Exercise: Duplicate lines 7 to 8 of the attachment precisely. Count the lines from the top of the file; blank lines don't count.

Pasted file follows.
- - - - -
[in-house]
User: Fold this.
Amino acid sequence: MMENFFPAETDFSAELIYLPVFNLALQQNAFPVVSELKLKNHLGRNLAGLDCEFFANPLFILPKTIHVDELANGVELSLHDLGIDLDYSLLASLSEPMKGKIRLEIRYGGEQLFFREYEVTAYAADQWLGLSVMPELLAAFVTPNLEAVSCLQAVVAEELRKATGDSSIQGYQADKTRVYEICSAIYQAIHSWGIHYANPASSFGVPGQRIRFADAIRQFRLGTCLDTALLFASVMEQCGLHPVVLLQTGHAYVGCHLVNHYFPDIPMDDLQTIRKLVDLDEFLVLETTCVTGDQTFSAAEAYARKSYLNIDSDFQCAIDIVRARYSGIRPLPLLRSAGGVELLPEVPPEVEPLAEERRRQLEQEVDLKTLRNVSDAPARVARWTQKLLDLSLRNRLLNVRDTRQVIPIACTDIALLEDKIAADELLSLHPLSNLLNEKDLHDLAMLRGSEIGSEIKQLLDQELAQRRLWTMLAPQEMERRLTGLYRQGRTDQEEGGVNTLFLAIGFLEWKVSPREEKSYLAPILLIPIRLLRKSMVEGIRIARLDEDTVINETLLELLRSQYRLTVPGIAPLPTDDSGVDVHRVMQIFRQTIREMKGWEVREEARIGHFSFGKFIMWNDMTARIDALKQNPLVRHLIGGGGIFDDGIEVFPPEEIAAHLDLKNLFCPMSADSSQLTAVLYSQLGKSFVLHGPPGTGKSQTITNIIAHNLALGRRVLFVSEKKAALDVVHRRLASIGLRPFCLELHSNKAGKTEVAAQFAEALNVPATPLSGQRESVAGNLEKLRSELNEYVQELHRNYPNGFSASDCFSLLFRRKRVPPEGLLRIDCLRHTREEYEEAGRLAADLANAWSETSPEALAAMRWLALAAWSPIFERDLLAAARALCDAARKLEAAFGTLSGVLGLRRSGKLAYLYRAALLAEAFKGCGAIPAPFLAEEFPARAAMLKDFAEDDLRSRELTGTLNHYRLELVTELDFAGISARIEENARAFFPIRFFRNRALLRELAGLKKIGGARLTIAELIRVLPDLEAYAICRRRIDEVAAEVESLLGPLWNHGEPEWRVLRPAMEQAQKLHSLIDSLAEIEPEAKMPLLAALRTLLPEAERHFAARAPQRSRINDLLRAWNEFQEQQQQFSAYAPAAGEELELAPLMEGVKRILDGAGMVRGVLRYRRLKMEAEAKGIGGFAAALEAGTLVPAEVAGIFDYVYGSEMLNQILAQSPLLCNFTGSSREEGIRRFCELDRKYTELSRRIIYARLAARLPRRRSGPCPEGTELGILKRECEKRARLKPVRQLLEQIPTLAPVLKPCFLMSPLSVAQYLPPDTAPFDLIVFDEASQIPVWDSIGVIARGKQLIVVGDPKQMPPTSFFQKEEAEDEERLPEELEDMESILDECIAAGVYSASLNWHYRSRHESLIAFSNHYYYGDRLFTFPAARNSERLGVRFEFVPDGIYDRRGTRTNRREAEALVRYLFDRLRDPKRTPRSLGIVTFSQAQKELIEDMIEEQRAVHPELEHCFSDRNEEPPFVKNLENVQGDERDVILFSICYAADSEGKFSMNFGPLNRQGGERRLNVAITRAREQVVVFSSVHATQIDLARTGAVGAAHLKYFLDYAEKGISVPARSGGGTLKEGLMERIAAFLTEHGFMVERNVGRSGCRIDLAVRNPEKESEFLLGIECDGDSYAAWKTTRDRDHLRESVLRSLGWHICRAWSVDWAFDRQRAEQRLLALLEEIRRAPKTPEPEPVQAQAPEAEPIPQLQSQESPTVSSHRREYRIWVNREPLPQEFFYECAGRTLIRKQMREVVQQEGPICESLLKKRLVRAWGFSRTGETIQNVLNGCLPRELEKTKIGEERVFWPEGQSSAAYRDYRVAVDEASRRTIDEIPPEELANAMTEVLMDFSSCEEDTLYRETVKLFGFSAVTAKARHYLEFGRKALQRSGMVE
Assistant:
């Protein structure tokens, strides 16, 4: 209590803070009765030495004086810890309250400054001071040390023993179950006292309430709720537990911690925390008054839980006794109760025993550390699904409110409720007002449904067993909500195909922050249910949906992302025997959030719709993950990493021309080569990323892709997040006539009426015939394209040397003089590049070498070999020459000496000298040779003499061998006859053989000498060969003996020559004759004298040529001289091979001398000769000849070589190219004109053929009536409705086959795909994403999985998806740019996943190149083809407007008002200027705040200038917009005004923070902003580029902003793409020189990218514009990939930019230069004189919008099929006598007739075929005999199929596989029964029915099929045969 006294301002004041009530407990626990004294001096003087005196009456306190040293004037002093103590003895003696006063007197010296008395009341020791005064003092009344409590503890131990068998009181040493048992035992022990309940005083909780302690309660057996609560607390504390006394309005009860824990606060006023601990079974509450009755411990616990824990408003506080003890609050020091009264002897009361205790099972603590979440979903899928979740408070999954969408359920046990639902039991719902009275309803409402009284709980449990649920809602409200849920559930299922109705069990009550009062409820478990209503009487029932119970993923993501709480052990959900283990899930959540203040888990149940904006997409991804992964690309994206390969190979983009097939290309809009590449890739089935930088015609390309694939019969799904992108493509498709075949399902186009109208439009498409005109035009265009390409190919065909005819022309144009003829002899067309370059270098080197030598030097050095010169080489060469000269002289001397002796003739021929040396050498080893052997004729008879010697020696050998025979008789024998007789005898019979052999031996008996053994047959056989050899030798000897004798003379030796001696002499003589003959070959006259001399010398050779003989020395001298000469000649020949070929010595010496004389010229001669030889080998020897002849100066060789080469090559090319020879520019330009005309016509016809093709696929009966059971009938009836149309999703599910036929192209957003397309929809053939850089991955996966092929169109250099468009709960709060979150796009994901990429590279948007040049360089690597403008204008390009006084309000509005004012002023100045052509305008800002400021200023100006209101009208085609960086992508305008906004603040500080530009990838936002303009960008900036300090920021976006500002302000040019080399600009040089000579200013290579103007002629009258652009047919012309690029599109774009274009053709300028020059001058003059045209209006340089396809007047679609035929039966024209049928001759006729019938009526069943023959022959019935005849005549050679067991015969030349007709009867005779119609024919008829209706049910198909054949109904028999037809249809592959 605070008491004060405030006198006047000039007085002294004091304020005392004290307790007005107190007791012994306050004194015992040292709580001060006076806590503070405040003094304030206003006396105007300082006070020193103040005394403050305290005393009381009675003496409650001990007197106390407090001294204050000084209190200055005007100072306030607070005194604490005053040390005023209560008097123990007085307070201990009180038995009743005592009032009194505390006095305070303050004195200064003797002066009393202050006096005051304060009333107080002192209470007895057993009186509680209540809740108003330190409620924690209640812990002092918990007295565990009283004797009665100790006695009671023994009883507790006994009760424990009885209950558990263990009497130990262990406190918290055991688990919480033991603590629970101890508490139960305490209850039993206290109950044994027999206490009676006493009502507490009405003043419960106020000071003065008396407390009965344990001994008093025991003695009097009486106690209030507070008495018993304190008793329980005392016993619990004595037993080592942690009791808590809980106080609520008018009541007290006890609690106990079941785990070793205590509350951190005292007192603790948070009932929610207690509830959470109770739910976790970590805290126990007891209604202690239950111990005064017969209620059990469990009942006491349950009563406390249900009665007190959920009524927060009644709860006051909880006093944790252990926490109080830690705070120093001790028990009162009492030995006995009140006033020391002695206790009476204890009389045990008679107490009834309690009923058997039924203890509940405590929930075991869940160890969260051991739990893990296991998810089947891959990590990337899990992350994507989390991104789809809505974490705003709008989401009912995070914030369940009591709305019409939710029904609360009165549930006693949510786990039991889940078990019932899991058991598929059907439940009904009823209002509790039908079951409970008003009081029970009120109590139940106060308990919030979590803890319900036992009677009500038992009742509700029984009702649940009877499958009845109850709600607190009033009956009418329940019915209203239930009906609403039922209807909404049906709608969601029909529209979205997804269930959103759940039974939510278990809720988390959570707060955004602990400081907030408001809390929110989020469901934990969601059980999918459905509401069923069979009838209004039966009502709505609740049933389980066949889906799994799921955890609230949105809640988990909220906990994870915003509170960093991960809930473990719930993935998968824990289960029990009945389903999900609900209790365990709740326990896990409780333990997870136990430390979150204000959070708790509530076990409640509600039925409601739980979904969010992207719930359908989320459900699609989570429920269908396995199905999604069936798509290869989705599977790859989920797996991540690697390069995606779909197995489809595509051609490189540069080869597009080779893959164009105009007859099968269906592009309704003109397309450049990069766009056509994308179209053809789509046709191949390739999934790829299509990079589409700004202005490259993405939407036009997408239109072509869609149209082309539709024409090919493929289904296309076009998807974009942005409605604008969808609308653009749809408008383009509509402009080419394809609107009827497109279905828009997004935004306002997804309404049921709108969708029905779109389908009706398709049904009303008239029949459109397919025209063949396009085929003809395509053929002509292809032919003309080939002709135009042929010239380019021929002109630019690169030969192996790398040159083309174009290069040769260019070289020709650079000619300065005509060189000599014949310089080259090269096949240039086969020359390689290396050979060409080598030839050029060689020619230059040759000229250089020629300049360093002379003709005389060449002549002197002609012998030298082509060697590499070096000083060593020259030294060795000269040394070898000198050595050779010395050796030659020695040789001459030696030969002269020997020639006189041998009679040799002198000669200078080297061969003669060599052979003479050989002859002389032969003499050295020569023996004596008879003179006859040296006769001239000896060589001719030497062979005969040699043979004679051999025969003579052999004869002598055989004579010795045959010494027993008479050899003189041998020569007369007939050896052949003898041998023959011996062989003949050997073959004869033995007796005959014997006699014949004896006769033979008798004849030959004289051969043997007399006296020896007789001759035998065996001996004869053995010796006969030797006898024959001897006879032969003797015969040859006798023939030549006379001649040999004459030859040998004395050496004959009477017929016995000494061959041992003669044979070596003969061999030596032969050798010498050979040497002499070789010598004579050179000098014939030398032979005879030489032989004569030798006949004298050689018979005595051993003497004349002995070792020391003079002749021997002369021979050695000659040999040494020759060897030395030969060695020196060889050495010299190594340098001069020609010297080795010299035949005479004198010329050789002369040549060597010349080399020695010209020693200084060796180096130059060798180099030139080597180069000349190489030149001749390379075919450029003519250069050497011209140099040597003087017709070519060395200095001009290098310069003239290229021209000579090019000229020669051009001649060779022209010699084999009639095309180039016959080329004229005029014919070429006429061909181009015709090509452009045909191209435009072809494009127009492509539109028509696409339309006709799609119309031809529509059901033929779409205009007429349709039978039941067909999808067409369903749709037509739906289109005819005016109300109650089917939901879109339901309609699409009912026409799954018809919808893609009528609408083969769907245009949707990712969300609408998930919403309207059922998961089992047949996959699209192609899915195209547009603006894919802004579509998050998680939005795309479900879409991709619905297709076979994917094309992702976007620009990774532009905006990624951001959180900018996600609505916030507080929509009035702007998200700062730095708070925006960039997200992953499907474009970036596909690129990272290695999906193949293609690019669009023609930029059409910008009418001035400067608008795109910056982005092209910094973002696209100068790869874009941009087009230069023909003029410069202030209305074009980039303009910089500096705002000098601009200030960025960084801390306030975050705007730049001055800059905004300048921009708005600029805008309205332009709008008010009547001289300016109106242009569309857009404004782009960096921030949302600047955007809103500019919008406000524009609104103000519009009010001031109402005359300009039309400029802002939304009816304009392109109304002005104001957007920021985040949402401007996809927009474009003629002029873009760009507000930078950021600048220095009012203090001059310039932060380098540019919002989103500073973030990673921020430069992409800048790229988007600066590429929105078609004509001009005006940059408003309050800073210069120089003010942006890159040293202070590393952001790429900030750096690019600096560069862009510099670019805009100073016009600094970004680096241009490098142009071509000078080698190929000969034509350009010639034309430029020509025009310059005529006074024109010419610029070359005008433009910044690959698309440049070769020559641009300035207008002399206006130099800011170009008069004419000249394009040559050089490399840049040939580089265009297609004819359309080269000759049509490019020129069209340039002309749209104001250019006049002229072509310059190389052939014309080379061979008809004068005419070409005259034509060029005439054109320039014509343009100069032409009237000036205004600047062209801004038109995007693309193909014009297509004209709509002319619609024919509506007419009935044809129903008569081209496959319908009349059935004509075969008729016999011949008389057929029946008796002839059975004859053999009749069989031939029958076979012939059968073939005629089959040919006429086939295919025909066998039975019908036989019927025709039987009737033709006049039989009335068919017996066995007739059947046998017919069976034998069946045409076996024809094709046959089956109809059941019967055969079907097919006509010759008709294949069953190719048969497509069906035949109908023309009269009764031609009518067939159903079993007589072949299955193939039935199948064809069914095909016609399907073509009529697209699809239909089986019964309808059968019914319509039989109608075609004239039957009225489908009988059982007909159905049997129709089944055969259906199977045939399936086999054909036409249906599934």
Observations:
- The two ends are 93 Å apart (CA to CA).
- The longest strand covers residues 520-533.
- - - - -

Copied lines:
- The two ends are 93 Å apart (CA to CA).
- The longest strand covers residues 520-533.